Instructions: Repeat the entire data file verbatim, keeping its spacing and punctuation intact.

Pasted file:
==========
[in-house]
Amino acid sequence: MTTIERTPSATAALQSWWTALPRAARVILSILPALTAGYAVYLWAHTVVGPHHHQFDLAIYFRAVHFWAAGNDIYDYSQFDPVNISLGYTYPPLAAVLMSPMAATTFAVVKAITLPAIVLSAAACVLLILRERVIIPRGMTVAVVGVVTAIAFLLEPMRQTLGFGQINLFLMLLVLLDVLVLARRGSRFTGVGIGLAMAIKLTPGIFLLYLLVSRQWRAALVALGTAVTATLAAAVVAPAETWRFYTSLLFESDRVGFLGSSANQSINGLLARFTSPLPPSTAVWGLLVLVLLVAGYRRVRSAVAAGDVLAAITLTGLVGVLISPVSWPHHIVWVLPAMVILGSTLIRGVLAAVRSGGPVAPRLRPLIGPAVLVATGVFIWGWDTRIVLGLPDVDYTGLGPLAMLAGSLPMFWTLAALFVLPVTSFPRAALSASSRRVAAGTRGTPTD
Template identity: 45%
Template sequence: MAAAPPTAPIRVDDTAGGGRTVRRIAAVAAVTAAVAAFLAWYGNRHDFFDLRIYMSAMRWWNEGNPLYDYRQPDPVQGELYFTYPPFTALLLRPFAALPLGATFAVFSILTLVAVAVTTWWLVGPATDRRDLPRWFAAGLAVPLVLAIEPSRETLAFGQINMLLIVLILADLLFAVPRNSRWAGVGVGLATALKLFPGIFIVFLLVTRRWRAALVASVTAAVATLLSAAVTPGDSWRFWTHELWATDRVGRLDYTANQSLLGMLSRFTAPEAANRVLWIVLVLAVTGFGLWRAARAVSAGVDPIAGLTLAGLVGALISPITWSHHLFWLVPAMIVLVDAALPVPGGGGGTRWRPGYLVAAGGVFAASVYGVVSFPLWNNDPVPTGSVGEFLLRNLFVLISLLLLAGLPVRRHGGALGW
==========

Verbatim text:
[in-house]
Amino acid sequence: MTTIERTPSATAALQSWWTALPRAARVILSILPALTAGYAVYLWAHTVVGPHHHQFDLAIYFRAVHFWAAGNDIYDYSQFDPVNISLGYTYPPLAAVLMSPMAATTFAVVKAITLPAIVLSAAACVLLILRERVIIPRGMTVAVVGVVTAIAFLLEPMRQTLGFGQINLFLMLLVLLDVLVLARRGSRFTGVGIGLAMAIKLTPGIFLLYLLVSRQWRAALVALGTAVTATLAAAVVAPAETWRFYTSLLFESDRVGFLGSSANQSINGLLARFTSPLPPSTAVWGLLVLVLLVAGYRRVRSAVAAGDVLAAITLTGLVGVLISPVSWPHHIVWVLPAMVILGSTLIRGVLAAVRSGGPVAPRLRPLIGPAVLVATGVFIWGWDTRIVLGLPDVDYTGLGPLAMLAGSLPMFWTLAALFVLPVTSFPRAALSASSRRVAAGTRGTPTD
Template identity: 45%
Template sequence: MAAAPPTAPIRVDDTAGGGRTVRRIAAVAAVTAAVAAFLAWYGNRHDFFDLRIYMSAMRWWNEGNPLYDYRQPDPVQGELYFTYPPFTALLLRPFAALPLGATFAVFSILTLVAVAVTTWWLVGPATDRRDLPRWFAAGLAVPLVLAIEPSRETLAFGQINMLLIVLILADLLFAVPRNSRWAGVGVGLATALKLFPGIFIVFLLVTRRWRAALVASVTAAVATLLSAAVTPGDSWRFWTHELWATDRVGRLDYTANQSLLGMLSRFTAPEAANRVLWIVLVLAVTGFGLWRAARAVSAGVDPIAGLTLAGLVGALISPITWSHHLFWLVPAMIVLVDAALPVPGGGGGTRWRPGYLVAAGGVFAASVYGVVSFPLWNNDPVPTGSVGEFLLRNLFVLISLLLLAGLPVRRHGGALGW